The parallels are too many and specific to be discounted as coincidence. I can imagine our evangelist taking the model of ben Ananias — his assumed madness, his prophetic declaration of doom, his silence at his trial, his being flogged — and relating some of those sorts of details to what he was imagining about Jesus from the Scriptures: rejection by his own family, as Isaiah’s Suffering Servant being silent before his accusers, and so forth. The Jewish Scriptures presented him with a theme, a motif, but a relevant narrative application inspired by Josephus, modified for his new setting, of course, assisted with fleshing out a narrative context for those themes.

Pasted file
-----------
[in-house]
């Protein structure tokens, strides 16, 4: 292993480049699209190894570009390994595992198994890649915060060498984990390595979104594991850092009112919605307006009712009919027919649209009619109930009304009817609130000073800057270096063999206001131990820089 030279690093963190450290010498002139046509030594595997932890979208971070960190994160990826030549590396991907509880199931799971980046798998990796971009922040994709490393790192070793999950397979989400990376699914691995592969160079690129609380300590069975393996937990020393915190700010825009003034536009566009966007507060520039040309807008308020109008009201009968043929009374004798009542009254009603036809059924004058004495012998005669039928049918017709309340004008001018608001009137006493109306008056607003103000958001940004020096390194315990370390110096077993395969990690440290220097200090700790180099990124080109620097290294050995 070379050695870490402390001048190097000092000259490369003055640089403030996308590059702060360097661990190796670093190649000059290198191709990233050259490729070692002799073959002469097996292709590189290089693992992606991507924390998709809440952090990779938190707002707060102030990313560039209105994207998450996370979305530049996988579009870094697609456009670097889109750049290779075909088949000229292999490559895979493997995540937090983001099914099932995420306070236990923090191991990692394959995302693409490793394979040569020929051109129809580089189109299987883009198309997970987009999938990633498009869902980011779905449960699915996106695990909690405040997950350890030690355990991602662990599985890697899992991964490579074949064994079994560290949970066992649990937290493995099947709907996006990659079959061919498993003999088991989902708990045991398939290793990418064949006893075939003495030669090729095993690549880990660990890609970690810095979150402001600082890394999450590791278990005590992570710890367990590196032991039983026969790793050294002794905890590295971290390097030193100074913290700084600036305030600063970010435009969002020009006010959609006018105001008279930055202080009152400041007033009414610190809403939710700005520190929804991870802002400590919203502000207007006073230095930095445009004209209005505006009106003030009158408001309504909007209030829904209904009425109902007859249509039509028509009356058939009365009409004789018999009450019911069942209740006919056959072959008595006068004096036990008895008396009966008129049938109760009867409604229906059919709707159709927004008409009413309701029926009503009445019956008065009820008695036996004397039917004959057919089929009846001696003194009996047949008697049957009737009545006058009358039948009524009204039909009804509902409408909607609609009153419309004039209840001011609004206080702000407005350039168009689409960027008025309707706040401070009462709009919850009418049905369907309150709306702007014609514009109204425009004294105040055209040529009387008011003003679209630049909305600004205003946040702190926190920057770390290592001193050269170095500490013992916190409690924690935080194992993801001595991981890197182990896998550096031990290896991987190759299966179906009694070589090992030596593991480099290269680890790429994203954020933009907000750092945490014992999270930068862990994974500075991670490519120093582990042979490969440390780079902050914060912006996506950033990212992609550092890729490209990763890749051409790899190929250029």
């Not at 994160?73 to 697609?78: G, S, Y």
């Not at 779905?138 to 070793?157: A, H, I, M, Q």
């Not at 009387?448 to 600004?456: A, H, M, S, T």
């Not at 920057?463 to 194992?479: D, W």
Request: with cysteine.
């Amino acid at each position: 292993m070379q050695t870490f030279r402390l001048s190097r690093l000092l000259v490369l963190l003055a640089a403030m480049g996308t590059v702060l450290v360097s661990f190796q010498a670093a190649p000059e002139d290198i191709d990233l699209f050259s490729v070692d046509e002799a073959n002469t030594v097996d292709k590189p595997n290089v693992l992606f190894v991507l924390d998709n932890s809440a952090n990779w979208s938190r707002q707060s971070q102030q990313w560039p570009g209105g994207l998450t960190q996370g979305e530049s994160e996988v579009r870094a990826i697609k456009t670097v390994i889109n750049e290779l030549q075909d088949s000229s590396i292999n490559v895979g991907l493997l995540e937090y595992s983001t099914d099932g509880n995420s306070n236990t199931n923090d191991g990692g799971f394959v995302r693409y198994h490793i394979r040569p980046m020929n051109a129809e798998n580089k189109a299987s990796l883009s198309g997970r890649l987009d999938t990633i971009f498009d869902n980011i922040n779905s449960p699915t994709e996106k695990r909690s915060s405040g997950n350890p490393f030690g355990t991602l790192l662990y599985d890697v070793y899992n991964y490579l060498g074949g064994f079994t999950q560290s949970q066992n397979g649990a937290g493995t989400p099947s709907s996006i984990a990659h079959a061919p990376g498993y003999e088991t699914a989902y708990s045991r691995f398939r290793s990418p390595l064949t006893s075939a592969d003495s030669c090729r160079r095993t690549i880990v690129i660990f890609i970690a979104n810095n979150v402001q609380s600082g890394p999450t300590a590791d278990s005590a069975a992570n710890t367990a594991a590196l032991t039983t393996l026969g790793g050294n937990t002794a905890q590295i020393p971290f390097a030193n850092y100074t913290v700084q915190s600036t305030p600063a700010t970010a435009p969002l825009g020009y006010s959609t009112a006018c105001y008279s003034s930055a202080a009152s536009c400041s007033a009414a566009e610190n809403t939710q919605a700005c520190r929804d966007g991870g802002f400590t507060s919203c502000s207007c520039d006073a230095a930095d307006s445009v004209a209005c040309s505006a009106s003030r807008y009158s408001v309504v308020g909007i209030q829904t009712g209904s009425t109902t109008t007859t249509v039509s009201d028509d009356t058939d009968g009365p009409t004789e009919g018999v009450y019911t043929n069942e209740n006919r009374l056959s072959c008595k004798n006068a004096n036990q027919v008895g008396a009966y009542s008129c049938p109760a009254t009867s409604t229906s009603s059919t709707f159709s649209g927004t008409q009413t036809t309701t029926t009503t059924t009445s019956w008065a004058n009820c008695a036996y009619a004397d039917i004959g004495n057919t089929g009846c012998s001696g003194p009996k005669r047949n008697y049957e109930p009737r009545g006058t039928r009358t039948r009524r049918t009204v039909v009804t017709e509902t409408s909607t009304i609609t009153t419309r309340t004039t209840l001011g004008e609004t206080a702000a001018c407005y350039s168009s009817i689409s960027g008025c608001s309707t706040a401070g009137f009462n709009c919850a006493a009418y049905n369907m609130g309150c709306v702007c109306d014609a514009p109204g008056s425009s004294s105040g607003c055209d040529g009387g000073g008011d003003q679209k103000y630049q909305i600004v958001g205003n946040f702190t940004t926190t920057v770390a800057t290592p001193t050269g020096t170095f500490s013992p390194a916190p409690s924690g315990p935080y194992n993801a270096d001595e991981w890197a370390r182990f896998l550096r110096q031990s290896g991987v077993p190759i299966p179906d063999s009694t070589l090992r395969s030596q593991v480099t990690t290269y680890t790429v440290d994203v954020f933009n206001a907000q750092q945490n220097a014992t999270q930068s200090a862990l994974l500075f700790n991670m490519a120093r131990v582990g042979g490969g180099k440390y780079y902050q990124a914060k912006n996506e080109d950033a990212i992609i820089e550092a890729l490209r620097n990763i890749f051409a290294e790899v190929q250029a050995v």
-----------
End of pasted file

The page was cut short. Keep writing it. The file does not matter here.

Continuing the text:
Jesus son of Saphat / Sapphias
Frans J. Vermeiren in A Chronological Revision of the Origins of Christianity argues that beneath the peaceful gospel Jesus lies a darker, more violent figure: think of his saying about “not coming to bring peace but a sword”, his assault on the temple, the fleeing herdsmen from the scene where Jesus confronted “Legion”, and so forth. From this perspective, Vermeiren sees the various references to the rebel military leader Jesus ben Saphat in Josephus’s writings as significant. This Jesus was active in Galilee. His followers were the lower class, including sailors.